James Nisbet Commentary - Nehemiah 13:26 - 13:26

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James Nisbet Commentary - Nehemiah 13:26 - 13:26

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‘Did not Solomon king of Israel sin by these things? yet among many nations was there no king like him, who was beloved of his God, and God made him king over all Israel: nevertheless even him did outlandish women cause to sin.’


‘YET’—but, for all that, notwithstanding, nevertheless—there was none like him. It required the whole Godhead to deliver that verdict on poor, frail, tottering human character. Solomon began well and ended ill. Outlandish women caused him to sin; he had broken the sacred law; he had, so to say, performed the miracle of trampling himself under foot. ‘YET’—oh, that light of hope, that sound of music, that syllable of joy! Who then will despise the least? who then will give up the worst? who will write his own child’s history and conclude it in woe? Will any one write the history of the prodigal son without ending it in mirth and glee and song and dance and unpolluted revel?

I. There are two ‘yets.’—God’s ‘yet’ is one of hope; He pronounces from heaven that the majority is in favour of goodness. Then there is another ‘yet,’ in which man does twice over the sin which has been pardoned. Shall we not rather reverse the chronology and say, there is a ‘yet’ which indicates that man sins against God; then there is a second ‘yet’ which proves that where sin abounded grace did much more abound? That is the right chronology, if so be our hearts are not wholly given over to the power of evil and the reign of darkness. Solomon was a bad man. He would not have denied the charge himself. Witness after witness could have been called who would have proved the treachery of his heart, even if Solomon himself had resisted the impeachment. ‘Yet.’ You should take that word into your family. It will shed a rosy flight through the darkest chambers of the house, and through the darkest chambers of the soul.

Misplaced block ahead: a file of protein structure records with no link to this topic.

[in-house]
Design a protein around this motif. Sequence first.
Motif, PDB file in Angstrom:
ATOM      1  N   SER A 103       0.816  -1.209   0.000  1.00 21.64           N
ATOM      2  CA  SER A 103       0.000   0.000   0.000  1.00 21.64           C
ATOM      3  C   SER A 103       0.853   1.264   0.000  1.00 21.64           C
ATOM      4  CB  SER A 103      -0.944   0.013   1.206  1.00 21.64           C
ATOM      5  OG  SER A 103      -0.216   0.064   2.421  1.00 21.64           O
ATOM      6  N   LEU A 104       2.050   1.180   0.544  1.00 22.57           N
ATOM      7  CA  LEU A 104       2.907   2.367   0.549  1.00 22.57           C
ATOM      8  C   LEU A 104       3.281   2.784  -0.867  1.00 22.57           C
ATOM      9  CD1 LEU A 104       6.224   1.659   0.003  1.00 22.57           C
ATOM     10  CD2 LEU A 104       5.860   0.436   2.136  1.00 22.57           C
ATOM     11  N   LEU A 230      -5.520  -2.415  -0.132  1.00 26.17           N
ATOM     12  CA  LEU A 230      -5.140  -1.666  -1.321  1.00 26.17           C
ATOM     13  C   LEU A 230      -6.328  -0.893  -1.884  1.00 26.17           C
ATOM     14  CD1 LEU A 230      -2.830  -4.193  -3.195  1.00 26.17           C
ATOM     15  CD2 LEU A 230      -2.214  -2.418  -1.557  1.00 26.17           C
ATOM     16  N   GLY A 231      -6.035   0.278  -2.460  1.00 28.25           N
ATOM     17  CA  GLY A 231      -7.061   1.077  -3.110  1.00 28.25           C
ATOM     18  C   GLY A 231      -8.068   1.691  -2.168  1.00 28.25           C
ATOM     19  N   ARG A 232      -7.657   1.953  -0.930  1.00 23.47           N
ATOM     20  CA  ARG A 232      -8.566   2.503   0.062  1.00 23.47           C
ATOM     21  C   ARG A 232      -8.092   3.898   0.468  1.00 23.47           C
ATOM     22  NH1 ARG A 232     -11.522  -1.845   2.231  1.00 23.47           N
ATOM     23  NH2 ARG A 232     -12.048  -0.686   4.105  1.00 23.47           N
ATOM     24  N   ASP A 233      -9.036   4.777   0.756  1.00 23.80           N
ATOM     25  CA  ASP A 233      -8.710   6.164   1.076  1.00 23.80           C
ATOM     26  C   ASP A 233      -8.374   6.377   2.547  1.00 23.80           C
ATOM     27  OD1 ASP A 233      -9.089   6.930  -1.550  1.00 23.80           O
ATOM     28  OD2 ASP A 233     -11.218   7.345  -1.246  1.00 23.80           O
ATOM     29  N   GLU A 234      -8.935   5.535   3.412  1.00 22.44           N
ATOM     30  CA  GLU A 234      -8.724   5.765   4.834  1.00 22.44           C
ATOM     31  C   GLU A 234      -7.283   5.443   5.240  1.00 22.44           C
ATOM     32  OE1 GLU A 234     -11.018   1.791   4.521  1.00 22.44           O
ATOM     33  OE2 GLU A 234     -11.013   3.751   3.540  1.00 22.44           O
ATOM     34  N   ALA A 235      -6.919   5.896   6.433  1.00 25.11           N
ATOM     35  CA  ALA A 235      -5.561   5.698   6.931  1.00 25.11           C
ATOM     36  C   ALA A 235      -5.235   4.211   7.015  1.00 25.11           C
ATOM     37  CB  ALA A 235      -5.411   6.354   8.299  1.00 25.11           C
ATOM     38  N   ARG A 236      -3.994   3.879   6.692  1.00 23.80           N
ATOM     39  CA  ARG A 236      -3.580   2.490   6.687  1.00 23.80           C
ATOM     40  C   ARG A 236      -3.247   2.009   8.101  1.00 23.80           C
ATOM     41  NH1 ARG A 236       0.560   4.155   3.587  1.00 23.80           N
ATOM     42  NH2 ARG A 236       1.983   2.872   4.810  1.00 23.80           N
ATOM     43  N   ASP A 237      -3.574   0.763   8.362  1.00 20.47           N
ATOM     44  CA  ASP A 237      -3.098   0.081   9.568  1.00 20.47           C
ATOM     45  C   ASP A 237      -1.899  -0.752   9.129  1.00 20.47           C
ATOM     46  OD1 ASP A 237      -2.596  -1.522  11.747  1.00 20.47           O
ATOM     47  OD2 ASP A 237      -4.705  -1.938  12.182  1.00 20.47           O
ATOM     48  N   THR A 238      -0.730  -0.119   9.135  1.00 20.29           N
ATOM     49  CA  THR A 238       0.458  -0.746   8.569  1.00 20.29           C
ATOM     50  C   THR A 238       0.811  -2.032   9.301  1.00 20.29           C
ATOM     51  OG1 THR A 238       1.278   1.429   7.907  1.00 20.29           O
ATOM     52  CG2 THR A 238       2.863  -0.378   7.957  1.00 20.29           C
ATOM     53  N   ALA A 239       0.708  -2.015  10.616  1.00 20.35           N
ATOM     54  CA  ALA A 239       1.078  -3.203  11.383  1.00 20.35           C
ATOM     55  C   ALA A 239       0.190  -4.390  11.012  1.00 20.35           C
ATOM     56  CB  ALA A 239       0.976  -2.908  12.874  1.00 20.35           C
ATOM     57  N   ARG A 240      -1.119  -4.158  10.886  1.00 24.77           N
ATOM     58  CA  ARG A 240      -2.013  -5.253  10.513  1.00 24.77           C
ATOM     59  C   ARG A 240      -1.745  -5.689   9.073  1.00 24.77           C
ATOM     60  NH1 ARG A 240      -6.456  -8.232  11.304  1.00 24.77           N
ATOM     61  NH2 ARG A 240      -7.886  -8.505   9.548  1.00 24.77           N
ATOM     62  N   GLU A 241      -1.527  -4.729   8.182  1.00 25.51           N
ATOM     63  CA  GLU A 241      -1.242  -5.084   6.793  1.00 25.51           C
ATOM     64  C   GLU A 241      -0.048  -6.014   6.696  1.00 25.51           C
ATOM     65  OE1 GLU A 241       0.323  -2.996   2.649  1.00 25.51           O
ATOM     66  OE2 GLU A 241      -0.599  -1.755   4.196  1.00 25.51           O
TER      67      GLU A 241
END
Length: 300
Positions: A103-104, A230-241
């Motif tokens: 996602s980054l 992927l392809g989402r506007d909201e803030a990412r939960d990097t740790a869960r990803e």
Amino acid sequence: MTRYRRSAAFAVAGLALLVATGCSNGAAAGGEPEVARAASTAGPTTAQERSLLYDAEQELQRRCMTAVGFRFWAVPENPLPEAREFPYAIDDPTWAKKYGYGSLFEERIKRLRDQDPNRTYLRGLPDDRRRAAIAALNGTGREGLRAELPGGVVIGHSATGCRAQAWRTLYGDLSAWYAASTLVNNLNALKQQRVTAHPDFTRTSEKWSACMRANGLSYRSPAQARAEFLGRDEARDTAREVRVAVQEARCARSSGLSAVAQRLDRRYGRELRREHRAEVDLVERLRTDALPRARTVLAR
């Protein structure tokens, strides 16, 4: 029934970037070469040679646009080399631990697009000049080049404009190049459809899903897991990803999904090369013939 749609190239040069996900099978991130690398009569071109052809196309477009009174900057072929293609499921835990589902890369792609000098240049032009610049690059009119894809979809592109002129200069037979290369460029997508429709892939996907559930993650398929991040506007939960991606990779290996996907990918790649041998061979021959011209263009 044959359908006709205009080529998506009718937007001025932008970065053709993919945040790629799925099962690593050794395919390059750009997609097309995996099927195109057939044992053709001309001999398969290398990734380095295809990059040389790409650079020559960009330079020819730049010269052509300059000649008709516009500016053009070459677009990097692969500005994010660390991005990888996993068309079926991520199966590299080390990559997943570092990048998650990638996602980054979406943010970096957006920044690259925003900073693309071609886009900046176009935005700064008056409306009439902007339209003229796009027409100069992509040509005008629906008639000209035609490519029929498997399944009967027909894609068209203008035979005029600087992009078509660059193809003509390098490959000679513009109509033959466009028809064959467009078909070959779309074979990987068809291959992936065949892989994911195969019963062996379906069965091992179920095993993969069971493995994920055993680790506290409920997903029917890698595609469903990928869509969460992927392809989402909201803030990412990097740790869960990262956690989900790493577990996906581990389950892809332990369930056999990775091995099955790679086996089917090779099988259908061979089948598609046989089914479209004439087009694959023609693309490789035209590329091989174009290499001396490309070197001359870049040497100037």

II. What is the effect of God’s ‘yet’ in the course of human discipline?—It never prevents punishment. God will not spare the rod. Laceration is part of divine education. We must suffer, and there is no help for it; and if God could sin, God would suffer. There is nothing arbitrary in penalty, so far as it is administered by Providence. Human penalties may be arbitrary, irregular, and eccentric; but the punishment, the consequence that follows sin, is divine, inevitable. What is punishment? Here every man must be his own dictionary. What is punishment to one man is no punishment to another. Personality defines penalty. The point you started from will tell you what hell is. A man who has been accustomed to the highest enjoyments of civilisation will have one definition of a prison, and a man who has lived in meanness and misery and every kind of villainy will have another. As we grow in sensitiveness we grow in the power of appreciating penalty. To one child a look will be punishment enough; another could receive the rod and afterwards smile at the smiter.


(1) ‘It is better to fall into the hands of God than into the hands of men. Your brethren like to speak against you, to have discovered a peccadillo, one little sin, and to have fingers dainty enough to pick out that little hair, and to be able to say, “I’ve got it!” The Lord saith, You have wounded Me, and disappointed Me, and gone away from Me, yet—how can I give thee up? Return! That is the difference between your human theories and the great divine idea of redemption—God always seeing the best, fixing His eyes upon the salvable points, looking to those elements that are still left out of which He can rear manhood. He will not quench the smoking flax, He will not break the bruised reed.’

(2) Never take any man at his worst; God always takes us at our best. If ever we touch the reality of prayer, He answers us then; He knows we must offer a million words before we come to the one word, the right word, and no sooner do we utter it than He gathers the clouds in His heavens and sends rich rain upon the thirsty land. You may talk six times to Him and hear nothing, see nothing, by way of response; but in the seventh time you will come upon the right chord, the right word, the right appeal; He will then open the windows of heaven and pour you out a blessing so great that there shall not be room to receive it. As God therefore takes us at our best, so let us take each other at our best.’